As you see, above, throughout this book I’m going to give you several rules to follow. I expect you to follow them to the fullest extent. Do not question my rules. Simply do as I say. Deal?
I sincerely hope you ignored that last paragraph. It was a test. I know, pretty shitty of me to be testing you so early. The point is, fuck everyone. This is your life. As long as you’re not hurting anyone or anything, do whatever you want.
Finding your Passion
When I was a kid, I had four posters on my wall. One was of Michael Jordan, because I wanted to be a basketball player. Another was Bo Jackson, because I wanted to be a baseball player/amazing athlete. One was an Ansel Adams photo, because I wanted to be a photographer. One was a picture of a surfer surfing in a tube (great surf-speak right?) because I wanted to be a surfer. And, finally, one was a picture of Gumby, because I wanted to be Gumby.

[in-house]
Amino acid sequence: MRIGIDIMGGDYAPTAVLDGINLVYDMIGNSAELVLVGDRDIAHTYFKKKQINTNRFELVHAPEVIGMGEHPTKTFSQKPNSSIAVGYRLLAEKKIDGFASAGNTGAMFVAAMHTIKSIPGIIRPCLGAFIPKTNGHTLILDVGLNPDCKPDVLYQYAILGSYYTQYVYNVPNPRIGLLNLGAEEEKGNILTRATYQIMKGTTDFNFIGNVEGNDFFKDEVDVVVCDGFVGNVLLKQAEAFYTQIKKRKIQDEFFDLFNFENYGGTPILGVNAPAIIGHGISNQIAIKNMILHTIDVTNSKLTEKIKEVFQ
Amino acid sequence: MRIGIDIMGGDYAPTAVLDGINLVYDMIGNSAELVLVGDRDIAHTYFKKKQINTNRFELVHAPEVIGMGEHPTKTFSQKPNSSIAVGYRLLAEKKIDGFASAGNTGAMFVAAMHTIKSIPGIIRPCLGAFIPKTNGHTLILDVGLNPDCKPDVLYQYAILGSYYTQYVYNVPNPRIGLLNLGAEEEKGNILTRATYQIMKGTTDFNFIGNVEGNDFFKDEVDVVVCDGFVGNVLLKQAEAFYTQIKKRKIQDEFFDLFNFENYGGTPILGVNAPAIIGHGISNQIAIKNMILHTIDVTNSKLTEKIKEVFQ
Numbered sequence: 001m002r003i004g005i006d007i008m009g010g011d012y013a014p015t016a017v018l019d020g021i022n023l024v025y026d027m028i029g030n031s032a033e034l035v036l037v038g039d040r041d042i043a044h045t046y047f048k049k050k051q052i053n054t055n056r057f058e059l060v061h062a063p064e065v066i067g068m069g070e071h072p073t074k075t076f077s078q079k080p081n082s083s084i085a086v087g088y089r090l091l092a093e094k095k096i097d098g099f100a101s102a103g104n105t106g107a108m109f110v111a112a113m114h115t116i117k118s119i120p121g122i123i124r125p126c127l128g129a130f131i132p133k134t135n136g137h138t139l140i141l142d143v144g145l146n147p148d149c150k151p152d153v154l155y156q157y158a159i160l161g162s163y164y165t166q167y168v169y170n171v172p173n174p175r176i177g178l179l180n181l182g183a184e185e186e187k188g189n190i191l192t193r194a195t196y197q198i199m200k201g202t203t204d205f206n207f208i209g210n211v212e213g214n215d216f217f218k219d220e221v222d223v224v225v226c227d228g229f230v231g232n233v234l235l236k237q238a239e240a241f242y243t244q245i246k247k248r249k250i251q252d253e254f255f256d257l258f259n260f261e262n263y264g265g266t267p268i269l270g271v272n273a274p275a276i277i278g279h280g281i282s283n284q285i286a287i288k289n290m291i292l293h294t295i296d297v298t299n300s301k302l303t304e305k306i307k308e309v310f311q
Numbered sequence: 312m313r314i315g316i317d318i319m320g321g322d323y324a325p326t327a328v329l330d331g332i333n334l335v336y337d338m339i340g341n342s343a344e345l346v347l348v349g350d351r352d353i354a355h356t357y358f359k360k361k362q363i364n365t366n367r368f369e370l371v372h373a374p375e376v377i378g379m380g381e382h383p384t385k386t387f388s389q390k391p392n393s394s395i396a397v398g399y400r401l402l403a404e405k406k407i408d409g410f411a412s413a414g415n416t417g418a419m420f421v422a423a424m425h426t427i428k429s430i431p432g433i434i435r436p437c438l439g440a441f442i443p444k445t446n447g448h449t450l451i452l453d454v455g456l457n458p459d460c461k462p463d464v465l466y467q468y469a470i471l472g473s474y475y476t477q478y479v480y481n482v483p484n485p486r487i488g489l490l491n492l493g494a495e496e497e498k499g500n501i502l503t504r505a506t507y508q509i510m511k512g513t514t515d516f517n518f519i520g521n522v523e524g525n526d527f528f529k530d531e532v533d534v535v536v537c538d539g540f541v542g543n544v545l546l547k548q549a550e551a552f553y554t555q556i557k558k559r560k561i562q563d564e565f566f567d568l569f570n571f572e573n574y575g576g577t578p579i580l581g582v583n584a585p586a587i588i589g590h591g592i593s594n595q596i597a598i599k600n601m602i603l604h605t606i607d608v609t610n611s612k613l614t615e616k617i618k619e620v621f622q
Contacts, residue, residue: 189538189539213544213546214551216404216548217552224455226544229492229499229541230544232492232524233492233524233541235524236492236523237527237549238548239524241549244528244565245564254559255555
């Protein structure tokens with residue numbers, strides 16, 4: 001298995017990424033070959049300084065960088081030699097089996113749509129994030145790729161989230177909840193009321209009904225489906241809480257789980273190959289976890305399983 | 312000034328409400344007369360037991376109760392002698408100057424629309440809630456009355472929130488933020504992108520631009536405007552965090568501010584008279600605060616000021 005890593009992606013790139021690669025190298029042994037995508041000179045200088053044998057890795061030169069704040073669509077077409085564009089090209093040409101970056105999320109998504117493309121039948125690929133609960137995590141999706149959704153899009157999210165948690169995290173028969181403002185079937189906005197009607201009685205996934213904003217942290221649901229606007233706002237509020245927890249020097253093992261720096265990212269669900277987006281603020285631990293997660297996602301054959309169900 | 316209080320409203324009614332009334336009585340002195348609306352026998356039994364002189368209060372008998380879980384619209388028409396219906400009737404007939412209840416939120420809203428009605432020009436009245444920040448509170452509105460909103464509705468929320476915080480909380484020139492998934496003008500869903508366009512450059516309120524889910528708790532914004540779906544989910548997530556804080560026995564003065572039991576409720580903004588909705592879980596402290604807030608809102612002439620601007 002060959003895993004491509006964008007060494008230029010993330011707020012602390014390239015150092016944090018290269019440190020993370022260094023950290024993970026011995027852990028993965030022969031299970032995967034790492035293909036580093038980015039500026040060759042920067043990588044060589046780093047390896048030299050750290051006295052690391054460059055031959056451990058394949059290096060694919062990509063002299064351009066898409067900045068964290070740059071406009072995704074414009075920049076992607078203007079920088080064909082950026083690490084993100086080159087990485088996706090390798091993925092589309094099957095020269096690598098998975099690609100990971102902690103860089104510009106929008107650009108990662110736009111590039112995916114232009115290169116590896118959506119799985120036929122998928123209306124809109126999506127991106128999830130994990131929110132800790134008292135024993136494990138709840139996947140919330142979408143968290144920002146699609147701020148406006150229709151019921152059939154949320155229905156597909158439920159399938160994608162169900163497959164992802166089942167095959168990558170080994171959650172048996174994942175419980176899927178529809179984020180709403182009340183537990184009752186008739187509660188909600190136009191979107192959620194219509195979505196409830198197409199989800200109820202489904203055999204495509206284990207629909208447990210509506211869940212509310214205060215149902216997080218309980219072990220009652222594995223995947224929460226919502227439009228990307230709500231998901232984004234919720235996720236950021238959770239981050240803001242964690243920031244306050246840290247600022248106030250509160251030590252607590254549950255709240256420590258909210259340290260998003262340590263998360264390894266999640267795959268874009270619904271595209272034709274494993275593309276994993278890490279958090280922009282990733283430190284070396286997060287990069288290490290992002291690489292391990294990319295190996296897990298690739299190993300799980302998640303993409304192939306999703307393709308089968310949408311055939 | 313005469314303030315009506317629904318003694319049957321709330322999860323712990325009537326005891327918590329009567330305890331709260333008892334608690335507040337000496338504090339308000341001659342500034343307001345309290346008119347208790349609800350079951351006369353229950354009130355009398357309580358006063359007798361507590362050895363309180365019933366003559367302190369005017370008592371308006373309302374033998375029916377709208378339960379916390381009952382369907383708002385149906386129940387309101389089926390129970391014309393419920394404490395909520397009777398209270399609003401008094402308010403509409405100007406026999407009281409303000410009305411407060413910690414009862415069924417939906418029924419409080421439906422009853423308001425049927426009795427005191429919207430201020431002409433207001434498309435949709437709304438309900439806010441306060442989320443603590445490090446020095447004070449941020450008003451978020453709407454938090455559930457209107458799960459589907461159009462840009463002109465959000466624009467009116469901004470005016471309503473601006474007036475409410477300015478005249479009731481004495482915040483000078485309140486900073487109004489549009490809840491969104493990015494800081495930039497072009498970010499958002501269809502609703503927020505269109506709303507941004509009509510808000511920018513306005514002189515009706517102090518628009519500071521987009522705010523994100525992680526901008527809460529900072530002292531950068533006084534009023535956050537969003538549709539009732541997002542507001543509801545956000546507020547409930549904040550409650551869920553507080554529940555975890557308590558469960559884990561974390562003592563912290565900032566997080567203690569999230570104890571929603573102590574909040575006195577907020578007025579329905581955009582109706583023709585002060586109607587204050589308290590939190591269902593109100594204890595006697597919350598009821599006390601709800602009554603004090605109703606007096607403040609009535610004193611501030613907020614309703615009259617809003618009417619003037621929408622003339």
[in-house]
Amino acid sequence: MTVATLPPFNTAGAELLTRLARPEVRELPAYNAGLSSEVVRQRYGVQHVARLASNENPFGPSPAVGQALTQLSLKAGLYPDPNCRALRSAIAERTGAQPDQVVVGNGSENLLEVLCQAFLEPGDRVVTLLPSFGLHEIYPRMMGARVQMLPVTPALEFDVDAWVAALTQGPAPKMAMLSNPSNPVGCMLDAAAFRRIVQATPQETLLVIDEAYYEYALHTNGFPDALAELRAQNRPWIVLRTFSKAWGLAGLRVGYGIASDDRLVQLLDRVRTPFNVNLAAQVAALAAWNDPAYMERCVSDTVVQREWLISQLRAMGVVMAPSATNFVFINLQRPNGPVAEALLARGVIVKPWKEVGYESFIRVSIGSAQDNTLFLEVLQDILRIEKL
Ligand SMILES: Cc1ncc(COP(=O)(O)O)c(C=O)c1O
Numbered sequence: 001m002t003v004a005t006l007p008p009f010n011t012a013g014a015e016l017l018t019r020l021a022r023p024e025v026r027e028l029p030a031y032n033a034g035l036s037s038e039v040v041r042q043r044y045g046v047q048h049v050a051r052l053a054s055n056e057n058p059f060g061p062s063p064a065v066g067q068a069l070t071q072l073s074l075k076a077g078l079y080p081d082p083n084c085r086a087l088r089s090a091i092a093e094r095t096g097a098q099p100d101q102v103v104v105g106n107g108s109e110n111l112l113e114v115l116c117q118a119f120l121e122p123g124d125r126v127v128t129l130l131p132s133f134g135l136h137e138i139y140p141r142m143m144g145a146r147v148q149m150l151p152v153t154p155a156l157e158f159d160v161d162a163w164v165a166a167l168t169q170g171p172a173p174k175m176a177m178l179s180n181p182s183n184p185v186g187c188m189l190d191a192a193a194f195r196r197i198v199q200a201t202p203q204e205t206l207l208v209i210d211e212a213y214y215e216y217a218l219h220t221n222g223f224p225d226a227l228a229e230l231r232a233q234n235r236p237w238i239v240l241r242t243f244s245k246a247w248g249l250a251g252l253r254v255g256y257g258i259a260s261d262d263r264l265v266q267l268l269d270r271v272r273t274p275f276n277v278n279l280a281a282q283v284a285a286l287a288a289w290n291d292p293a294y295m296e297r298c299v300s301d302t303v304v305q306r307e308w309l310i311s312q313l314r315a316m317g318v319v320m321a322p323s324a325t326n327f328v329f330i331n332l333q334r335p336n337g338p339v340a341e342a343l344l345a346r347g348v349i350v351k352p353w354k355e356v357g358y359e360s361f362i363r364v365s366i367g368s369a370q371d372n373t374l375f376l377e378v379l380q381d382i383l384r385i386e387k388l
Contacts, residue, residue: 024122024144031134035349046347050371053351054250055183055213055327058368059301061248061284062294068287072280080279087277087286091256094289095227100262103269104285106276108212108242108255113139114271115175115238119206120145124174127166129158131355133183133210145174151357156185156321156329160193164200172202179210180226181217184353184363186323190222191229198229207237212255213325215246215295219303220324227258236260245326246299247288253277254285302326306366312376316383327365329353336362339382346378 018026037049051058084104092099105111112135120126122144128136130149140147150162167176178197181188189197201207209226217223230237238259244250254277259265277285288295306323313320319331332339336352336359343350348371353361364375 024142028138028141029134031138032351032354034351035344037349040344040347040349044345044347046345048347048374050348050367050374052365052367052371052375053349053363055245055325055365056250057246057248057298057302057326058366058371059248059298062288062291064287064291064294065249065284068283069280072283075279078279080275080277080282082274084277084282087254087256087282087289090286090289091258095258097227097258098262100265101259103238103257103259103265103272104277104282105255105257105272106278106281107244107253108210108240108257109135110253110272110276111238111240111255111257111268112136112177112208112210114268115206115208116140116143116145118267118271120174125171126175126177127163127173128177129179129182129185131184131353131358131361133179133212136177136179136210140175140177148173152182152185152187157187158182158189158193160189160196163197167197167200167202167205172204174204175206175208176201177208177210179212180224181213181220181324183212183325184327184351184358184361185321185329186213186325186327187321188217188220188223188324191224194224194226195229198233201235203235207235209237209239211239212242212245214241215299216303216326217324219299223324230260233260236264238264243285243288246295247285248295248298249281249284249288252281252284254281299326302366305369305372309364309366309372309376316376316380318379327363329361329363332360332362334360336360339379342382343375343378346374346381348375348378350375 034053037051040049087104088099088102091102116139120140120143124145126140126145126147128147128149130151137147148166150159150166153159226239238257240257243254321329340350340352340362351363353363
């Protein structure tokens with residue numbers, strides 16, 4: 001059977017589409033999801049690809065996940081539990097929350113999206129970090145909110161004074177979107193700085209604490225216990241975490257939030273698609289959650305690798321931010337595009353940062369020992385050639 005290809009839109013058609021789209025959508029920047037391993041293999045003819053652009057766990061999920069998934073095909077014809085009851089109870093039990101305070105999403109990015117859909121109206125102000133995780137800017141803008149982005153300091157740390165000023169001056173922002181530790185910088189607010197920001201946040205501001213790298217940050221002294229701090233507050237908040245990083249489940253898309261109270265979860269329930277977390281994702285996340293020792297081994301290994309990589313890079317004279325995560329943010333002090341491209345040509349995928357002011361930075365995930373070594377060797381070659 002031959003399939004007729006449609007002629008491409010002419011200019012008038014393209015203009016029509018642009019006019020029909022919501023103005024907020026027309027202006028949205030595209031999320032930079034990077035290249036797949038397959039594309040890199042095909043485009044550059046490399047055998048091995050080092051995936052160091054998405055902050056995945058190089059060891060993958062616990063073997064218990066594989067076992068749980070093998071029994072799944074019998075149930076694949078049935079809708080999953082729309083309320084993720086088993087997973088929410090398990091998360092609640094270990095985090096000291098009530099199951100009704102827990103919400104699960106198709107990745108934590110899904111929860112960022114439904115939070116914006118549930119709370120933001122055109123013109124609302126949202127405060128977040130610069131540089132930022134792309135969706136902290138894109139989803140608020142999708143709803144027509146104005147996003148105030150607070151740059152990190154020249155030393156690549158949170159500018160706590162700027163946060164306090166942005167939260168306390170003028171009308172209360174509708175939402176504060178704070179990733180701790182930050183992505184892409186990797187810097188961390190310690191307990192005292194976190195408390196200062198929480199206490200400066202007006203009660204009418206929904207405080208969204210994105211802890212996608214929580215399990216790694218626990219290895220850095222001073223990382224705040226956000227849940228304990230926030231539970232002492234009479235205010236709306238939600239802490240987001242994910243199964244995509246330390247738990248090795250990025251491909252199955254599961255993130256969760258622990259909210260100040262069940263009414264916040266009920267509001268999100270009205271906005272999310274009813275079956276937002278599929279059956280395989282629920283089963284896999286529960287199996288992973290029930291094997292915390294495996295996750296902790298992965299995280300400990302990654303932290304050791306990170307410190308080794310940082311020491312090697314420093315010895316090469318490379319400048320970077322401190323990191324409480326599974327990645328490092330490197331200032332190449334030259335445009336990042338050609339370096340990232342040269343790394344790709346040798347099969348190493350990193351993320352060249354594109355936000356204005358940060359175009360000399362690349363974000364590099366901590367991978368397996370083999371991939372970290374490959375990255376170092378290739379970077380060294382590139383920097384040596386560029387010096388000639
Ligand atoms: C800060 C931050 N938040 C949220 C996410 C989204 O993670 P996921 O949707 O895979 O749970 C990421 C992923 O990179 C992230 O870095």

Anyhow, obviously there wasn’t a stupid picture of a douchebag carrying a briefcase into court because, who the fuck would want to be that?
So, 12 years after I was licensed to be an attorney, I noticed that it had been 12 years since I regularly woke up anxious-free. “Is this the day I’m sued for malpractice?”, I’d think. Each afternoon I was depressed. “Is this what I’ll be doing the rest of my life?”, I’d ponder through my migraine.
And not the American way, like we’re all taught in school. Maybe this book is just for those of us that did well in school. Remember, we were taught to seek safety in our high employment. Lawyers, doctors, dentists are the pinnacle. Blue collar, company man for the manufacturing plant is an honor (all the while some entrepreneur takes advantage of you).
Remember, in school we’re taught to memorize and regurgitate. We’re taught to be good, all-around (even though we celebrate people who are only really good at one thing. Have good is Tiger Woods at anything but golf? He just can’t be!).